Grant Johnson: For us, there's a couple things that we do. We're a company that covers everything from the initial order through getting paid the cash, order cash we call it. We make getting paid radically simpler. I think it's really the elegance and simplicity and integration of our suite of solutions all around AR automation and payments. Maybe you might call this the breadth and depth and technology difference, but the other part that as I've gotten to start to know some of our customers and learning about why companies choose Billtrust stay with Billtrust, some of them been with us 10, 20 years, is that we have a culture that focuses on customer success, on positive customer outcomes. At the end of the day, if a company buys your product or service and they don't adopt it and don't realize the business benefit, the business value they envisioned, they're not going to stay with you. They're certainly not going to grow their investment with you. We've never lost sight of that from the founder to the new CEO, my boss Sunil. We never lose sight of the customer is why we exist. As you might recall from the most famous quote of Peter Drucker, purpose of the business is to get and keep customers. Getting's not easy, but keeping is not easy either. If you keep in mind both of those, you can grow and succeed. I think that's what makes us different is how we serve customers.

Vincent Pietrafesa: Who would you say is your ideal customer, who are you mostly working with, who you'd like to work with?

Grant Johnson: We actually are a horizontal solution, but we found that if companies have lots of customers themselves... Think about it, if you've got five customers and you get good payment terms, a lot of our customers have thousands of customers. I'll just give you a few of the verticals that we happen to really have a lot of depth, equipment suppliers, the distributors, building supply or industrial supply, medical, lots to do with medical, transportation, manufacturing. Again, you have a lot of customers and you want to make sure that you... Because we not only simplify the payment process, we also help our customers have good experiences. If I'm one of your customers and you harass me about payment, you don't make it easy to go to a payment portal and see the status of payments, then that's not good. We want to improve our customer's customer experience, and that's just another benefit of doing business with Billtrust.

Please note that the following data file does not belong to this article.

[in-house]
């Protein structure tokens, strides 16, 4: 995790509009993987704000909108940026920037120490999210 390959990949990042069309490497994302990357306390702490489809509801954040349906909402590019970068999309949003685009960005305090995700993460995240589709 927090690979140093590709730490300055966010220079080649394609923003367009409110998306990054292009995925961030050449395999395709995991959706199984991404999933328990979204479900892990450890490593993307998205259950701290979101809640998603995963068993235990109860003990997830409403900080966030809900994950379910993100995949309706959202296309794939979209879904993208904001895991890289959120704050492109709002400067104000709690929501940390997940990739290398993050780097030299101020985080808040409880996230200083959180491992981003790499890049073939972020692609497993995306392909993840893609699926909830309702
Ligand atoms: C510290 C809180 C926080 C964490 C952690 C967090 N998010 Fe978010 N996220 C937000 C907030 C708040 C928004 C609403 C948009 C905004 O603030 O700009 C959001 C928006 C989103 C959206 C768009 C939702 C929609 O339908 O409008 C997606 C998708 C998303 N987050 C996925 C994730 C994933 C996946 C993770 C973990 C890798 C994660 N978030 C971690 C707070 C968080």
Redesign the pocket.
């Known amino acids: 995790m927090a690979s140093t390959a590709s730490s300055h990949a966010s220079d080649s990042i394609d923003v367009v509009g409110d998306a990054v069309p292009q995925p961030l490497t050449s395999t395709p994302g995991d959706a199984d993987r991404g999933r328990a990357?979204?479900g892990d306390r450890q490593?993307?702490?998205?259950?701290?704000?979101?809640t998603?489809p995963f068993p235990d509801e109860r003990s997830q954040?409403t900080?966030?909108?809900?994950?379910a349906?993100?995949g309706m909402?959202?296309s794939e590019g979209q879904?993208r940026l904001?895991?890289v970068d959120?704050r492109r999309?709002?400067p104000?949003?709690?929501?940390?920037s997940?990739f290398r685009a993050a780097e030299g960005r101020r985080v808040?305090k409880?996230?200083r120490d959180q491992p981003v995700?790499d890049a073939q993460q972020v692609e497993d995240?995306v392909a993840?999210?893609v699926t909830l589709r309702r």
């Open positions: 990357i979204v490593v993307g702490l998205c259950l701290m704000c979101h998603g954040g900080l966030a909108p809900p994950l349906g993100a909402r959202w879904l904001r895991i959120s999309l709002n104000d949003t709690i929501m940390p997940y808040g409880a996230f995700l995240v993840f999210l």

Vincent Pietrafesa: Those industries definitely make sense. Let's talk about that question I was going for earlier. This is a staple question. This is our Marketing Stir LinkedIn question. People ask me mostly about this question when they see me in person. You're a CMO of a company. You're probably getting solicited all the time, Grant. What's a message that resonates with you and what's a message that you just hate, don't respond to? You could see why SDRs, BDRs love this question because it's like, oh, that's how I should be reaching out to people.